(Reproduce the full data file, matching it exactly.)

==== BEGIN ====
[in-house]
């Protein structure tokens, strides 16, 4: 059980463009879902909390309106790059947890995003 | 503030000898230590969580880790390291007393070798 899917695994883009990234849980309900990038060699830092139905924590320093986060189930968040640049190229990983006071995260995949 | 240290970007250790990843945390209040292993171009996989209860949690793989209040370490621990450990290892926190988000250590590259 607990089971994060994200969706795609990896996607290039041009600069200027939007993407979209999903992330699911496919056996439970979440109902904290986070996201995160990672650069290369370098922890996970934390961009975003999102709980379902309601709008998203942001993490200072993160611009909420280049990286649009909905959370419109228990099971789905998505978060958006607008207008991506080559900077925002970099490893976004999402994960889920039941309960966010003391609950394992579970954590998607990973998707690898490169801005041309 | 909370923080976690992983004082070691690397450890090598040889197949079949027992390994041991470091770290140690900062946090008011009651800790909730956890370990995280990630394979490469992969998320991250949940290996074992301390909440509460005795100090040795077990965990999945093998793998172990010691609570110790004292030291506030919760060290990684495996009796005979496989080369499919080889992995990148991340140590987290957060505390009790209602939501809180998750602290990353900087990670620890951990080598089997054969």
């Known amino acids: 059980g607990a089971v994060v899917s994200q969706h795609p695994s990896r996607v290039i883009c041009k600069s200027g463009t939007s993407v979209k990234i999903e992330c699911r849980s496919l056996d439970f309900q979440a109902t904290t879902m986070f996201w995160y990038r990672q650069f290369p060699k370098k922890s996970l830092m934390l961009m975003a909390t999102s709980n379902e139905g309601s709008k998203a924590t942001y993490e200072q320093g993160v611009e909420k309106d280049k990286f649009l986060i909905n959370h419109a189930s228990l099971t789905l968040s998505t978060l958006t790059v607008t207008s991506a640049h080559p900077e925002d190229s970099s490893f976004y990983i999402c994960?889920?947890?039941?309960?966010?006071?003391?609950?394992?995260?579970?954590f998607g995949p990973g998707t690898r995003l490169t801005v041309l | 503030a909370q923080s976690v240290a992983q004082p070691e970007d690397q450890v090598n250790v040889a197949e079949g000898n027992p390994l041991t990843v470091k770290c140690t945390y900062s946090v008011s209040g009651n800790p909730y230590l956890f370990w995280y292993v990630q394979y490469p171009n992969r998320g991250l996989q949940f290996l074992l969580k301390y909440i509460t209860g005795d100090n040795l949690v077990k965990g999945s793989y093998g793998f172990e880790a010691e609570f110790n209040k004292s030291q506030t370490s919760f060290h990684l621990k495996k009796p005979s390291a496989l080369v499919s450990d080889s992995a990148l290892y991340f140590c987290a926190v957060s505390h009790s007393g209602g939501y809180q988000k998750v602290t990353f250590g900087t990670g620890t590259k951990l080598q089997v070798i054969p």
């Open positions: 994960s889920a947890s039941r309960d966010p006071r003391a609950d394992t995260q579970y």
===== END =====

[in-house]
């Protein structure tokens, strides 16, 4: 059980463009879902909390309106790059947890995003 | 503030000898230590969580880790390291007393070798 899917695994883009990234849980309900990038060699830092139905924590320093986060189930968040640049190229990983006071995260995949 | 240290970007250790990843945390209040292993171009996989209860949690793989209040370490621990450990290892926190988000250590590259 607990089971994060994200969706795609990896996607290039041009600069200027939007993407979209999903992330699911496919056996439970979440109902904290986070996201995160990672650069290369370098922890996970934390961009975003999102709980379902309601709008998203942001993490200072993160611009909420280049990286649009909905959370419109228990099971789905998505978060958006607008207008991506080559900077925002970099490893976004999402994960889920039941309960966010003391609950394992579970954590998607990973998707690898490169801005041309 | 909370923080976690992983004082070691690397450890090598040889197949079949027992390994041991470091770290140690900062946090008011009651800790909730956890370990995280990630394979490469992969998320991250949940290996074992301390909440509460005795100090040795077990965990999945093998793998172990010691609570110790004292030291506030919760060290990684495996009796005979496989080369499919080889992995990148991340140590987290957060505390009790209602939501809180998750602290990353900087990670620890951990080598089997054969």
């Known amino acids: 059980g607990a089971v994060v899917s994200q969706h795609p695994s990896r996607v290039i883009c041009k600069s200027g463009t939007s993407v979209k990234i999903e992330c699911r849980s496919l056996d439970f309900q979440a109902t904290t879902m986070f996201w995160y990038r990672q650069f290369p060699k370098k922890s996970l830092m934390l961009m975003a909390t999102s709980n379902e139905g309601s709008k998203a924590t942001y993490e200072q320093g993160v611009e909420k309106d280049k990286f649009l986060i909905n959370h419109a189930s228990l099971t789905l968040s998505t978060l958006t790059v607008t207008s991506a640049h080559p900077e925002d190229s970099s490893f976004y990983i999402c994960?889920?947890?039941?309960?966010?006071?003391?609950?394992?995260?579970?954590f998607g995949p990973g998707t690898r995003l490169t801005v041309l | 503030a909370q923080s976690v240290a992983q004082p070691e970007d690397q450890v090598n250790v040889a197949e079949g000898n027992p390994l041991t990843v470091k770290c140690t945390y900062s946090v008011s209040g009651n800790p909730y230590l956890f370990w995280y292993v990630q394979y490469p171009n992969r998320g991250l996989q949940f290996l074992l969580k301390y909440i509460t209860g005795d100090n040795l949690v077990k965990g999945s793989y093998g793998f172990e880790a010691e609570f110790n209040k004292s030291q506030t370490s919760f060290h990684l621990k495996k009796p005979s390291a496989l080369v499919s450990d080889s992995a990148l290892y991340f140590c987290a926190v957060s505390h009790s007393g209602g939501y809180q988000k998750v602290t990353f250590g900087t990670g620890t590259k951990l080598q089997v070798i054969p």
């Open positions: 994960s889920a947890s039941r309960d966010p006071r003391a609950d394992t995260q579970y």